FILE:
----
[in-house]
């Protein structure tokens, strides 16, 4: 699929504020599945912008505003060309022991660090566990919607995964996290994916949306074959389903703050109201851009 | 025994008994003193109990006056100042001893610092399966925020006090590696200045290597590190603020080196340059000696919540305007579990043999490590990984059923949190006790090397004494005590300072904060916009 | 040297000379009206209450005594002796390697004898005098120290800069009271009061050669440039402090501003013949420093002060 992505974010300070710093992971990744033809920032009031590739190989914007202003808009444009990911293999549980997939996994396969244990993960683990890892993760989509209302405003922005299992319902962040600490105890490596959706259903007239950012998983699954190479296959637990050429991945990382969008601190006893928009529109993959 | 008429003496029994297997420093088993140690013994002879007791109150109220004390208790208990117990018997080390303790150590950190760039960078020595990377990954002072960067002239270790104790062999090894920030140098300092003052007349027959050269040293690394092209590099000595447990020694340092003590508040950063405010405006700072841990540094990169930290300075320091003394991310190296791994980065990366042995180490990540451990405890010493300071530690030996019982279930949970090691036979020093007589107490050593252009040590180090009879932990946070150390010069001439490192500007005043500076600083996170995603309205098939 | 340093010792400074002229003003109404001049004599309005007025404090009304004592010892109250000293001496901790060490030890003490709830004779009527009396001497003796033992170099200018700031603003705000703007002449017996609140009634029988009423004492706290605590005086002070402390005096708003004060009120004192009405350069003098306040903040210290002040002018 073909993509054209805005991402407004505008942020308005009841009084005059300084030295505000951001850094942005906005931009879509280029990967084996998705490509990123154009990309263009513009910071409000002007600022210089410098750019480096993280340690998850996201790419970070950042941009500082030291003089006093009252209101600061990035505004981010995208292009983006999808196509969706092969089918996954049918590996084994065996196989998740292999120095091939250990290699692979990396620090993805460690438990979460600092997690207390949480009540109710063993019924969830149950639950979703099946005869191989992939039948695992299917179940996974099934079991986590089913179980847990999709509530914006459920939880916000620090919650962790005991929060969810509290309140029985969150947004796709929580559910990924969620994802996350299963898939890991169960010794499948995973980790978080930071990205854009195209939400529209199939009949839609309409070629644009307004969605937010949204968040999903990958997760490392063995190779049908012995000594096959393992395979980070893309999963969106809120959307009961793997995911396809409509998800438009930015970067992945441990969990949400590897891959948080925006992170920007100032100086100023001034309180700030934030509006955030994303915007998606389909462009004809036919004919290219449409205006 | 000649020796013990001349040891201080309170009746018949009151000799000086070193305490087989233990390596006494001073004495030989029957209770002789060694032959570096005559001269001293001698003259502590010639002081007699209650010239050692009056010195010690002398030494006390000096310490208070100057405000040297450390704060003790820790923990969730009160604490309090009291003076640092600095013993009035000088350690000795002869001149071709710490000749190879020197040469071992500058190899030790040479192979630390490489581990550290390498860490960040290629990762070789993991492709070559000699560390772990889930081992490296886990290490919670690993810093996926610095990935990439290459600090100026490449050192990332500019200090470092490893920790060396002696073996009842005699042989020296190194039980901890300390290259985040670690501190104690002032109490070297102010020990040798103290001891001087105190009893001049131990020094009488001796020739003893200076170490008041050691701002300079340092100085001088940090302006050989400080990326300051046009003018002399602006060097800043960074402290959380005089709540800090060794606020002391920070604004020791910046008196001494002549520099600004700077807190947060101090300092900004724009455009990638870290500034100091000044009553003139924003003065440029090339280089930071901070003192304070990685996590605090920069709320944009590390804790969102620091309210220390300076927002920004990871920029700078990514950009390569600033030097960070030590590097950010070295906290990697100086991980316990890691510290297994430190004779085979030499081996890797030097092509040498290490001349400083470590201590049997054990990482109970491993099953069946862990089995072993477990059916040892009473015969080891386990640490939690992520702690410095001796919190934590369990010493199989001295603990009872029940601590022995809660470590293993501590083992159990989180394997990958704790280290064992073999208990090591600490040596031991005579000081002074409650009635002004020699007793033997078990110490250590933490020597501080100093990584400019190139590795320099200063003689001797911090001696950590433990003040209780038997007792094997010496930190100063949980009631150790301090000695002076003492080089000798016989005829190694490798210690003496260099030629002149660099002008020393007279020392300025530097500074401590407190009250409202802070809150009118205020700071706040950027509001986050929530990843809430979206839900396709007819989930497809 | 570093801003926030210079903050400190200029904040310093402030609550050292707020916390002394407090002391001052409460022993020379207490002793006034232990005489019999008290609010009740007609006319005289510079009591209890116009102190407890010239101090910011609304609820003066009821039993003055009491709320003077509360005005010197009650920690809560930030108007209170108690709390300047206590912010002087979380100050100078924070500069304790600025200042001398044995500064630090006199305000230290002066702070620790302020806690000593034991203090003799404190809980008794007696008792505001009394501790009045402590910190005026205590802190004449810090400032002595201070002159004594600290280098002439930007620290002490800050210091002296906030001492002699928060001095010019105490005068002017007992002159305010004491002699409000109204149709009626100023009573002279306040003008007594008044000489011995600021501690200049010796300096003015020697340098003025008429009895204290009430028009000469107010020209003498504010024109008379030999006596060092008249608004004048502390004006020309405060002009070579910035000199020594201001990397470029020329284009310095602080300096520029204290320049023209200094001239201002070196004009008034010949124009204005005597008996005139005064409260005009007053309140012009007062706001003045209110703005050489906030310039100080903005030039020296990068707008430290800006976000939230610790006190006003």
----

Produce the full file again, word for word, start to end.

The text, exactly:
[in-house]
């Protein structure tokens, strides 16, 4: 699929504020599945912008505003060309022991660090566990919607995964996290994916949306074959389903703050109201851009 | 025994008994003193109990006056100042001893610092399966925020006090590696200045290597590190603020080196340059000696919540305007579990043999490590990984059923949190006790090397004494005590300072904060916009 | 040297000379009206209450005594002796390697004898005098120290800069009271009061050669440039402090501003013949420093002060 992505974010300070710093992971990744033809920032009031590739190989914007202003808009444009990911293999549980997939996994396969244990993960683990890892993760989509209302405003922005299992319902962040600490105890490596959706259903007239950012998983699954190479296959637990050429991945990382969008601190006893928009529109993959 | 008429003496029994297997420093088993140690013994002879007791109150109220004390208790208990117990018997080390303790150590950190760039960078020595990377990954002072960067002239270790104790062999090894920030140098300092003052007349027959050269040293690394092209590099000595447990020694340092003590508040950063405010405006700072841990540094990169930290300075320091003394991310190296791994980065990366042995180490990540451990405890010493300071530690030996019982279930949970090691036979020093007589107490050593252009040590180090009879932990946070150390010069001439490192500007005043500076600083996170995603309205098939 | 340093010792400074002229003003109404001049004599309005007025404090009304004592010892109250000293001496901790060490030890003490709830004779009527009396001497003796033992170099200018700031603003705000703007002449017996609140009634029988009423004492706290605590005086002070402390005096708003004060009120004192009405350069003098306040903040210290002040002018 073909993509054209805005991402407004505008942020308005009841009084005059300084030295505000951001850094942005906005931009879509280029990967084996998705490509990123154009990309263009513009910071409000002007600022210089410098750019480096993280340690998850996201790419970070950042941009500082030291003089006093009252209101600061990035505004981010995208292009983006999808196509969706092969089918996954049918590996084994065996196989998740292999120095091939250990290699692979990396620090993805460690438990979460600092997690207390949480009540109710063993019924969830149950639950979703099946005869191989992939039948695992299917179940996974099934079991986590089913179980847990999709509530914006459920939880916000620090919650962790005991929060969810509290309140029985969150947004796709929580559910990924969620994802996350299963898939890991169960010794499948995973980790978080930071990205854009195209939400529209199939009949839609309409070629644009307004969605937010949204968040999903990958997760490392063995190779049908012995000594096959393992395979980070893309999963969106809120959307009961793997995911396809409509998800438009930015970067992945441990969990949400590897891959948080925006992170920007100032100086100023001034309180700030934030509006955030994303915007998606389909462009004809036919004919290219449409205006 | 000649020796013990001349040891201080309170009746018949009151000799000086070193305490087989233990390596006494001073004495030989029957209770002789060694032959570096005559001269001293001698003259502590010639002081007699209650010239050692009056010195010690002398030494006390000096310490208070100057405000040297450390704060003790820790923990969730009160604490309090009291003076640092600095013993009035000088350690000795002869001149071709710490000749190879020197040469071992500058190899030790040479192979630390490489581990550290390498860490960040290629990762070789993991492709070559000699560390772990889930081992490296886990290490919670690993810093996926610095990935990439290459600090100026490449050192990332500019200090470092490893920790060396002696073996009842005699042989020296190194039980901890300390290259985040670690501190104690002032109490070297102010020990040798103290001891001087105190009893001049131990020094009488001796020739003893200076170490008041050691701002300079340092100085001088940090302006050989400080990326300051046009003018002399602006060097800043960074402290959380005089709540800090060794606020002391920070604004020791910046008196001494002549520099600004700077807190947060101090300092900004724009455009990638870290500034100091000044009553003139924003003065440029090339280089930071901070003192304070990685996590605090920069709320944009590390804790969102620091309210220390300076927002920004990871920029700078990514950009390569600033030097960070030590590097950010070295906290990697100086991980316990890691510290297994430190004779085979030499081996890797030097092509040498290490001349400083470590201590049997054990990482109970491993099953069946862990089995072993477990059916040892009473015969080891386990640490939690992520702690410095001796919190934590369990010493199989001295603990009872029940601590022995809660470590293993501590083992159990989180394997990958704790280290064992073999208990090591600490040596031991005579000081002074409650009635002004020699007793033997078990110490250590933490020597501080100093990584400019190139590795320099200063003689001797911090001696950590433990003040209780038997007792094997010496930190100063949980009631150790301090000695002076003492080089000798016989005829190694490798210690003496260099030629002149660099002008020393007279020392300025530097500074401590407190009250409202802070809150009118205020700071706040950027509001986050929530990843809430979206839900396709007819989930497809 | 570093801003926030210079903050400190200029904040310093402030609550050292707020916390002394407090002391001052409460022993020379207490002793006034232990005489019999008290609010009740007609006319005289510079009591209890116009102190407890010239101090910011609304609820003066009821039993003055009491709320003077509360005005010197009650920690809560930030108007209170108690709390300047206590912010002087979380100050100078924070500069304790600025200042001398044995500064630090006199305000230290002066702070620790302020806690000593034991203090003799404190809980008794007696008792505001009394501790009045402590910190005026205590802190004449810090400032002595201070002159004594600290280098002439930007620290002490800050210091002296906030001492002699928060001095010019105490005068002017007992002159305010004491002699409000109204149709009626100023009573002279306040003008007594008044000489011995600021501690200049010796300096003015020697340098003025008429009895204290009430028009000469107010020209003498504010024109008379030999006596060092008249608004004048502390004006020309405060002009070579910035000199020594201001990397470029020329284009310095602080300096520029204290320049023209200094001239201002070196004009008034010949124009204005005597008996005139005064409260005009007053309140012009007062706001003045209110703005050489906030310039100080903005030039020296990068707008430290800006976000939230610790006190006003």